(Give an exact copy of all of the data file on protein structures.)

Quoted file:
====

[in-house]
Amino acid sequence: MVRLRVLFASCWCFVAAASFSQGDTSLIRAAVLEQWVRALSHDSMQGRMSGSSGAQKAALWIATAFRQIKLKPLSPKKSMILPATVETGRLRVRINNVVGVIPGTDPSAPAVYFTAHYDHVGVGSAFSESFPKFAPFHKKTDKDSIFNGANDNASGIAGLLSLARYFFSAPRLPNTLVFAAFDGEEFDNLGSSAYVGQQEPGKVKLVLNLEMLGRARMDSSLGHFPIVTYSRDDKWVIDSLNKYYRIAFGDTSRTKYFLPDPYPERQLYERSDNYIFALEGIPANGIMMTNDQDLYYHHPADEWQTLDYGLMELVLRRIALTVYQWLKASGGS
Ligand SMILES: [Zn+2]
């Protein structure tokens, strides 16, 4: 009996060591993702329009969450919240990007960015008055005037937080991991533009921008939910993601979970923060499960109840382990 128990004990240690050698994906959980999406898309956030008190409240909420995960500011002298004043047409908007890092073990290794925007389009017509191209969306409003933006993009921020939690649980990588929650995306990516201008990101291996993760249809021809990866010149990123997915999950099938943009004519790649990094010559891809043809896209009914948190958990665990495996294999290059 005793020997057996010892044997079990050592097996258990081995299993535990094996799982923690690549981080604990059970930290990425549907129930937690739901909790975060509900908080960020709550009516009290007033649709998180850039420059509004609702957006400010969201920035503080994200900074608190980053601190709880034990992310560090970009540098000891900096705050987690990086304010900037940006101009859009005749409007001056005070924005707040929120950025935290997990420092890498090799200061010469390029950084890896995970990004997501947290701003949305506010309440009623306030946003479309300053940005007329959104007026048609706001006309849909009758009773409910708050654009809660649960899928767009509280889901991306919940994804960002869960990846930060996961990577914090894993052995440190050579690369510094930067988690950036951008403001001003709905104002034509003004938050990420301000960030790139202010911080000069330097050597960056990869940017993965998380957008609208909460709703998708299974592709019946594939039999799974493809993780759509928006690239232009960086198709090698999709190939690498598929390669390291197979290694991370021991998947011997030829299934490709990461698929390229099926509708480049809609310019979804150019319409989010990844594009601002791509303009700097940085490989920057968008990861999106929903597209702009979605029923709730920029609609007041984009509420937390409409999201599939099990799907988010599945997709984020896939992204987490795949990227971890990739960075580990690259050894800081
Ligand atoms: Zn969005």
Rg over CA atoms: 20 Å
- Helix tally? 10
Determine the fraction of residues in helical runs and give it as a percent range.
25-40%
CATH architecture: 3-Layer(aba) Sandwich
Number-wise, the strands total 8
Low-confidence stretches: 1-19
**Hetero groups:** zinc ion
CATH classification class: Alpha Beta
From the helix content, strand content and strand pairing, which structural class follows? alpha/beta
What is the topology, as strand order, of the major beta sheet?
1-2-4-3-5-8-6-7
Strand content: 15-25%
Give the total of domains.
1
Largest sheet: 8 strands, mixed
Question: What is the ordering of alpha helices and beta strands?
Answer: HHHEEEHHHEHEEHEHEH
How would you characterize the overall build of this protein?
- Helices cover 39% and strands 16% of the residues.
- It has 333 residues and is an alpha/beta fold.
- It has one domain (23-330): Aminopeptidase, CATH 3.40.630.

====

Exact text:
[in-house]
Amino acid sequence: MVRLRVLFASCWCFVAAASFSQGDTSLIRAAVLEQWVRALSHDSMQGRMSGSSGAQKAALWIATAFRQIKLKPLSPKKSMILPATVETGRLRVRINNVVGVIPGTDPSAPAVYFTAHYDHVGVGSAFSESFPKFAPFHKKTDKDSIFNGANDNASGIAGLLSLARYFFSAPRLPNTLVFAAFDGEEFDNLGSSAYVGQQEPGKVKLVLNLEMLGRARMDSSLGHFPIVTYSRDDKWVIDSLNKYYRIAFGDTSRTKYFLPDPYPERQLYERSDNYIFALEGIPANGIMMTNDQDLYYHHPADEWQTLDYGLMELVLRRIALTVYQWLKASGGS
Ligand SMILES: [Zn+2]
């Protein structure tokens, strides 16, 4: 009996060591993702329009969450919240990007960015008055005037937080991991533009921008939910993601979970923060499960109840382990 128990004990240690050698994906959980999406898309956030008190409240909420995960500011002298004043047409908007890092073990290794925007389009017509191209969306409003933006993009921020939690649980990588929650995306990516201008990101291996993760249809021809990866010149990123997915999950099938943009004519790649990094010559891809043809896209009914948190958990665990495996294999290059 005793020997057996010892044997079990050592097996258990081995299993535990094996799982923690690549981080604990059970930290990425549907129930937690739901909790975060509900908080960020709550009516009290007033649709998180850039420059509004609702957006400010969201920035503080994200900074608190980053601190709880034990992310560090970009540098000891900096705050987690990086304010900037940006101009859009005749409007001056005070924005707040929120950025935290997990420092890498090799200061010469390029950084890896995970990004997501947290701003949305506010309440009623306030946003479309300053940005007329959104007026048609706001006309849909009758009773409910708050654009809660649960899928767009509280889901991306919940994804960002869960990846930060996961990577914090894993052995440190050579690369510094930067988690950036951008403001001003709905104002034509003004938050990420301000960030790139202010911080000069330097050597960056990869940017993965998380957008609208909460709703998708299974592709019946594939039999799974493809993780759509928006690239232009960086198709090698999709190939690498598929390669390291197979290694991370021991998947011997030829299934490709990461698929390229099926509708480049809609310019979804150019319409989010990844594009601002791509303009700097940085490989920057968008990861999106929903597209702009979605029923709730920029609609007041984009509420937390409409999201599939099990799907988010599945997709984020896939992204987490795949990227971890990739960075580990690259050894800081
Ligand atoms: Zn969005």
Rg over CA atoms: 20 Å
- Helix tally? 10
Determine the fraction of residues in helical runs and give it as a percent range.
25-40%
CATH architecture: 3-Layer(aba) Sandwich
Number-wise, the strands total 8
Low-confidence stretches: 1-19
**Hetero groups:** zinc ion
CATH classification class: Alpha Beta
From the helix content, strand content and strand pairing, which structural class follows? alpha/beta
What is the topology, as strand order, of the major beta sheet?
1-2-4-3-5-8-6-7
Strand content: 15-25%
Give the total of domains.
1
Largest sheet: 8 strands, mixed
Question: What is the ordering of alpha helices and beta strands?
Answer: HHHEEEHHHEHEEHEHEH
How would you characterize the overall build of this protein?
- Helices cover 39% and strands 16% of the residues.
- It has 333 residues and is an alpha/beta fold.
- It has one domain (23-330): Aminopeptidase, CATH 3.40.630.